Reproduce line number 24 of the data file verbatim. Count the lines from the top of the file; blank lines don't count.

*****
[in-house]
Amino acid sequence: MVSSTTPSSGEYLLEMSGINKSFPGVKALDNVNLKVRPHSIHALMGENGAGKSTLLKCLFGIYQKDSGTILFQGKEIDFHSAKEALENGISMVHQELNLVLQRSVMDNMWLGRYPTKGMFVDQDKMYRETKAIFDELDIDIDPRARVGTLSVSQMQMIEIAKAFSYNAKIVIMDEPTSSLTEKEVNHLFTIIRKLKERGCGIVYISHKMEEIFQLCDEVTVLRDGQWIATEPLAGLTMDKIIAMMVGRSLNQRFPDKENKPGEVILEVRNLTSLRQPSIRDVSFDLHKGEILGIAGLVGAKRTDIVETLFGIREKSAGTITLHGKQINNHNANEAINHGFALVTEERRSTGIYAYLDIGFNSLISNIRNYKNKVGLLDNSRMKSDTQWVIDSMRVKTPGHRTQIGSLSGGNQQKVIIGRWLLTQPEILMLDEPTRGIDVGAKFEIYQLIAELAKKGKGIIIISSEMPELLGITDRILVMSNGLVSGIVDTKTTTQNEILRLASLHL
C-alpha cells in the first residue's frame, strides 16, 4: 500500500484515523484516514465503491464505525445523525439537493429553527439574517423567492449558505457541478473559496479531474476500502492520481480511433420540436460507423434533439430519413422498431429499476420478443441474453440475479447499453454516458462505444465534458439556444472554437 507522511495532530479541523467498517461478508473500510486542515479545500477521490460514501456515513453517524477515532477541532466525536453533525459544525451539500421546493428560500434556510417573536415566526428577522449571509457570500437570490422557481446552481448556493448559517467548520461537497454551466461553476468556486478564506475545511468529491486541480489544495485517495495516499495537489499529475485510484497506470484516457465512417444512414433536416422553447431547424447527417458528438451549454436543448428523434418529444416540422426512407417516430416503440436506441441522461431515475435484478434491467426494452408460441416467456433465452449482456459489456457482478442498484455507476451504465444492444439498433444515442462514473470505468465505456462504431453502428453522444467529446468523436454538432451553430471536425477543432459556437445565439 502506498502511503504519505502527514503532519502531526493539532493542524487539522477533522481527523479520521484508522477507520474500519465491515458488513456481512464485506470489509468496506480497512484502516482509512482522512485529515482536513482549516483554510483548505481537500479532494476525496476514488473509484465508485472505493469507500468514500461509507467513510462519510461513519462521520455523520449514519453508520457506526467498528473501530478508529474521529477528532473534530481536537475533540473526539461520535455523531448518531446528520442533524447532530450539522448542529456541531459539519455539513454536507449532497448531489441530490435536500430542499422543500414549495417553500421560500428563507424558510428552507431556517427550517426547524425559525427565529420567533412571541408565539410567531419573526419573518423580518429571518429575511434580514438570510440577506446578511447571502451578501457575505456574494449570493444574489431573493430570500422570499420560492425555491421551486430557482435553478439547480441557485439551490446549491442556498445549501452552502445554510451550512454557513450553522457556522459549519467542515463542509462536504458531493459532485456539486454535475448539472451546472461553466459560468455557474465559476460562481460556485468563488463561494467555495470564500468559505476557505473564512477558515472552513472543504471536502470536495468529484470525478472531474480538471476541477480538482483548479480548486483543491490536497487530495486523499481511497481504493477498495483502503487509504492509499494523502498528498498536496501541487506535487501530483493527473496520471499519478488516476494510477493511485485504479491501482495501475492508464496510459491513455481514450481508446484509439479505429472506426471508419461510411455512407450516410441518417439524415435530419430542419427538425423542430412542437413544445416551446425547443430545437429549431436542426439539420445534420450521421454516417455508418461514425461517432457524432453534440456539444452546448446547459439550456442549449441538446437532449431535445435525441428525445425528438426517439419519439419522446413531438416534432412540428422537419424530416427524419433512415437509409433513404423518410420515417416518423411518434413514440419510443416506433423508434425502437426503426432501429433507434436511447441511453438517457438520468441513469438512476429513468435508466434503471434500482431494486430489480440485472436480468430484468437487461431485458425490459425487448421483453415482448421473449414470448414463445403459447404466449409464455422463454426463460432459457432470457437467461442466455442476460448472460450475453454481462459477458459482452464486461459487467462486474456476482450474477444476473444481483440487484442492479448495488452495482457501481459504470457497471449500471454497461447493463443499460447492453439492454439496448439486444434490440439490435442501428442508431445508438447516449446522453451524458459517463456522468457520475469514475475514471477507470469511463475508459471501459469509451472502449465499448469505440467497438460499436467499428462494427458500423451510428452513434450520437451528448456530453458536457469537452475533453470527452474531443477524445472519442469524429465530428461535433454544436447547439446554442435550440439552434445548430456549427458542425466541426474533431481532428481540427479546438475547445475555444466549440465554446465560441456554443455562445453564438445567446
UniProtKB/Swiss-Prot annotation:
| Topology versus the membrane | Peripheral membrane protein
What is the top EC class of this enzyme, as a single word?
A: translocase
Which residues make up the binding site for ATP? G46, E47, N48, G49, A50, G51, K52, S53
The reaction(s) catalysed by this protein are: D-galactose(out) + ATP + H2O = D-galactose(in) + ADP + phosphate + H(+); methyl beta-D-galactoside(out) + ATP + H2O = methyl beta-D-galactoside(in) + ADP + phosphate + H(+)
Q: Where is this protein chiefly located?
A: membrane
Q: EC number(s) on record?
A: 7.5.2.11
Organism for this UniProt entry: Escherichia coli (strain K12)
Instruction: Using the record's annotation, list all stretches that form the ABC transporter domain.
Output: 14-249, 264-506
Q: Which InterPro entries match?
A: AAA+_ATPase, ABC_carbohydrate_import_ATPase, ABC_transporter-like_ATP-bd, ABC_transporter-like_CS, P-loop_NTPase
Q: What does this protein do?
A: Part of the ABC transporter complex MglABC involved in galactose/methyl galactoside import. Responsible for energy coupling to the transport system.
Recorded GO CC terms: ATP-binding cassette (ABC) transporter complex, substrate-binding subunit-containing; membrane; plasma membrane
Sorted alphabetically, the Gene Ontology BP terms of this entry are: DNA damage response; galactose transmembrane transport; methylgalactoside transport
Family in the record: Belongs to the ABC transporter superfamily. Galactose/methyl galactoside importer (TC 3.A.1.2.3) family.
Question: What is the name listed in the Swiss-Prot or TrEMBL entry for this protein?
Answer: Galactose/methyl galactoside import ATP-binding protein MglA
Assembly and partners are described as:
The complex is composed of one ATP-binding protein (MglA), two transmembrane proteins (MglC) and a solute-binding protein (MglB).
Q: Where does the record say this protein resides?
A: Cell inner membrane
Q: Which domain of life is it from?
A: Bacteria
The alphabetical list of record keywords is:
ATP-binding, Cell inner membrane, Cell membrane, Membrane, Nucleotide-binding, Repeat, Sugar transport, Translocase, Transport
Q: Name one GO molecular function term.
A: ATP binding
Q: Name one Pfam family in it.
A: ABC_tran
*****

Question: What is the name listed in the Swiss-Prot or TrEMBL entry for this protein?